BLITZER: It's easier to bring over 100 senators than 435 representatives.
BERG: The symbolism here is that the White House wants to project to us and everyone else, is that Donald Trump is the one who is in control of this situation.
BLITZER: Stand by. We're getting more information on North Korea. Let's take a quick break. We'll assess the latest right after this.
[17:41:06] BLITZER: We're back with our experts. Reba berg, did the president blink on this negotiation to avert a government shutdown, the deadline Friday night?
BERG: Absolutely, Wolf. And here's the problem that the administration faced from the beginning.
The White House and congressional Republicans did not want to have to deal with a government shutdown, and yet they made a request with funding for the wall or any sort of border security funding, what have you, whether it's a metaphor or whether it's a physical wall. They made a request that Democrats were never going to accept. That equals a shutdown.
So they weren't prepared to shoot the hostage, if you will. And they needed to be in a situation like this or they shouldn't have created this drama for themselves in the first place. And I think the question that really still hasn't been answered is why did they start this conversation, if they weren't willing to go all the way?
BLITZER: Let's ask Dana. Why did they?
BASH: Because they were hoping that they could win the conversation. BLITZER: The Democrats were never going to vote for a funding bill
that included a down payment, $1.4 billion to start building that wall with Mexico.
BASH: The Democrats and even some Republicans were never going to pay for it. You're absolutely right.
But you know what? I don't think that -- I think if we've learned anything from these first 97 days, it's that the political reality, the reality, the practical reality where the votes are on Capitol Hill hasn't always stopped the White House from trying to push what the president wants to do. They wanted to do it.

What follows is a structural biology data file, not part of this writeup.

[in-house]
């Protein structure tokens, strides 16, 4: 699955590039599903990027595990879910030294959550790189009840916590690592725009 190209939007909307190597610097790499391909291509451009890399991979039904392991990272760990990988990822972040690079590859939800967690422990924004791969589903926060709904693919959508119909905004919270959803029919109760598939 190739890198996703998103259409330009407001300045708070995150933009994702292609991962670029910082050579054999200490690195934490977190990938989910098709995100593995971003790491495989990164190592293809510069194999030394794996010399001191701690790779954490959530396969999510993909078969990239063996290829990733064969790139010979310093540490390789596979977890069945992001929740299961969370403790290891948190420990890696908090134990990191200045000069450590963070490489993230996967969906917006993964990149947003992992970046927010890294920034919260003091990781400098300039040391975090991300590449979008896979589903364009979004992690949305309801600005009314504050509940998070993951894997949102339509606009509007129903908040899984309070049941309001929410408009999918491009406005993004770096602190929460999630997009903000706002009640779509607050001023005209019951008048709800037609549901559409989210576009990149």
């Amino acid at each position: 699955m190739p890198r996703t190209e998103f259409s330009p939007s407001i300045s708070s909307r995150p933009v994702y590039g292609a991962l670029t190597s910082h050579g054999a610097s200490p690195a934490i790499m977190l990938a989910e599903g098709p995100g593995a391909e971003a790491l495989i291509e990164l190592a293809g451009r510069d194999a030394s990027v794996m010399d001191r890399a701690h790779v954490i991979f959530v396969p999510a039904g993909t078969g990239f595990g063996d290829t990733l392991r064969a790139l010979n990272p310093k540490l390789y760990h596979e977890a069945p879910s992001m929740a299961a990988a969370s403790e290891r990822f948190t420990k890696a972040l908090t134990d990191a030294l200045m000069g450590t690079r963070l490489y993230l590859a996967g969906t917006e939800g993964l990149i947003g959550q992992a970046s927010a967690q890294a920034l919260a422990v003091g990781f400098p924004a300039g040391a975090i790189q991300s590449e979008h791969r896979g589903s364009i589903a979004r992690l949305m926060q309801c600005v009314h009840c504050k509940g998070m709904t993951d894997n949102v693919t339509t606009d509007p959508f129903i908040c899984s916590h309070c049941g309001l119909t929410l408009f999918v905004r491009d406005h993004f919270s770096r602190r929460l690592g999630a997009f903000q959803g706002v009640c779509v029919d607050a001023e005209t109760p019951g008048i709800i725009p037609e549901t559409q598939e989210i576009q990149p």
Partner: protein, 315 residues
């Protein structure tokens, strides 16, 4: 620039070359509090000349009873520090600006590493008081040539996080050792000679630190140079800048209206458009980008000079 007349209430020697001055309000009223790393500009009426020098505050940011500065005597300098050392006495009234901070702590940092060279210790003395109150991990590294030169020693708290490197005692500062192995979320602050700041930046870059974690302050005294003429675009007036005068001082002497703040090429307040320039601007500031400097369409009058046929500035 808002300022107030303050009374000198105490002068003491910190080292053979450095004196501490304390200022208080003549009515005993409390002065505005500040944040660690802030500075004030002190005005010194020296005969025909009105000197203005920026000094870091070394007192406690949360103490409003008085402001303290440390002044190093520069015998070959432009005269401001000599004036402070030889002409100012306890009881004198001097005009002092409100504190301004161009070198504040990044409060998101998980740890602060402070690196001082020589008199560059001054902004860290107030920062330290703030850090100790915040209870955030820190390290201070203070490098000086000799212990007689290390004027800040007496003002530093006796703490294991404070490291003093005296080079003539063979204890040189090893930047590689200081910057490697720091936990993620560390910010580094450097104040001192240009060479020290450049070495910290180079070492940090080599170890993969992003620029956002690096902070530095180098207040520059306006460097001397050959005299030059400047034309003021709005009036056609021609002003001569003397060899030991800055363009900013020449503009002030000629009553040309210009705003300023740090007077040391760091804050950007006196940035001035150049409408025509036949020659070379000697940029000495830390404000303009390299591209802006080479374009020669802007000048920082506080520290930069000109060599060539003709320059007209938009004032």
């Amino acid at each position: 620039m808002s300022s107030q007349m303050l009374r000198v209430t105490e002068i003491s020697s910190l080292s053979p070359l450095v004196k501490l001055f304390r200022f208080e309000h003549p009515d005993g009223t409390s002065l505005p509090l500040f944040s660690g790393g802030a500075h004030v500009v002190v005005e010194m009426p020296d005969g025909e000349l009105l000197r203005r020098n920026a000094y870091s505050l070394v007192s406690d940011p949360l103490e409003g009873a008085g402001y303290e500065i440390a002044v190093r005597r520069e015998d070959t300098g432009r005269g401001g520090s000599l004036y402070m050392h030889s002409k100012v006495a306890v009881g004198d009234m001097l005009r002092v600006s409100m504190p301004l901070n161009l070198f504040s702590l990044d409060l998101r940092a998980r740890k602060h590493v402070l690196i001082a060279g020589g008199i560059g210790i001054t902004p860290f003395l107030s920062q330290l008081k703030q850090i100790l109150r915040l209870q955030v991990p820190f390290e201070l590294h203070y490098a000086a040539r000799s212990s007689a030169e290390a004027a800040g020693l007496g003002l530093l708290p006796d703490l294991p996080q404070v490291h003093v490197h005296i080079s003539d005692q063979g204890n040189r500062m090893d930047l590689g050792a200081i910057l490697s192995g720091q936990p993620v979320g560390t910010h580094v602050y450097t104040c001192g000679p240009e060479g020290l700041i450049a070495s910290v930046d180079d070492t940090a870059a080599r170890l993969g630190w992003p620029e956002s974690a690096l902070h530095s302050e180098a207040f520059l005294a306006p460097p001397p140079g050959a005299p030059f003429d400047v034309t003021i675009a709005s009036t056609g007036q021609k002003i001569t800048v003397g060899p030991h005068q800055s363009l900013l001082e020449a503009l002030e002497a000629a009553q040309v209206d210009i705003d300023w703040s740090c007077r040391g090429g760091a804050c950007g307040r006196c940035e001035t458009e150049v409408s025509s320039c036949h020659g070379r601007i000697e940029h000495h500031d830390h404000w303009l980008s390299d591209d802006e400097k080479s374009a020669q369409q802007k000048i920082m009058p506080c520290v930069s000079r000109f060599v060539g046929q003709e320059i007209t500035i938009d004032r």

Can I also just say that we should remember that we are talking about the potential for a government shutdown, funding the government? This is all a holdover from last year when Congress didn't do its work. We're not even talking about the fiscal year that we're -- where they have to actually be working on for the -- you know, for the next time.
I mean, they're doing their work from last time that's a holdover, and they actually have to start doing the funding for next year. It's such a mess. It's not a surprise. But I think we should remember that this is all based on the fact that Congress is not getting its work done.
BLITZER: We should also remember as we approach day 100, Chris, that the president is learning governing is not easy.
CILLIZZA: No. The thing that -- Dana touches on this. The thing that baffles me about Donald Trump is that, theoretically, if you elect someone like him with his background, he understands how leverage works in negotiation.
They had no leverage here. Rebecca makes that point. There's no -- there was no carrot and stick. They tried stick with no carrot. So, there was never the expectation this was going to work, because they had nothing to pressure people who didn't want to be for this in the first place.
BLITZER: Button this up.
MUDD: I think the president won here. I must be the outlier. Look, he goes into Congress, the first round on Affordable Care Act; he loses. He goes in with judges in federal court on immigration; he loses. He comes out of this as a deal maker, as a nonpolitical guy saying, "I win. I'm perfectly happy to compromise, and I will not shut down the government. I will come out of this..."
BASH: That's a pretty low bar.
MUDD: But -- but...
CILLIZZA: That is a low bar.
Maybe for today but to Dana's point, he wins now, on September 30th they have now promised on September 30 that border wall funding is going to be in it. Guess what? On September 30, the Democrats still aren't going to vote for border wall funding. And there could be fiscal conservatives won't be for it either.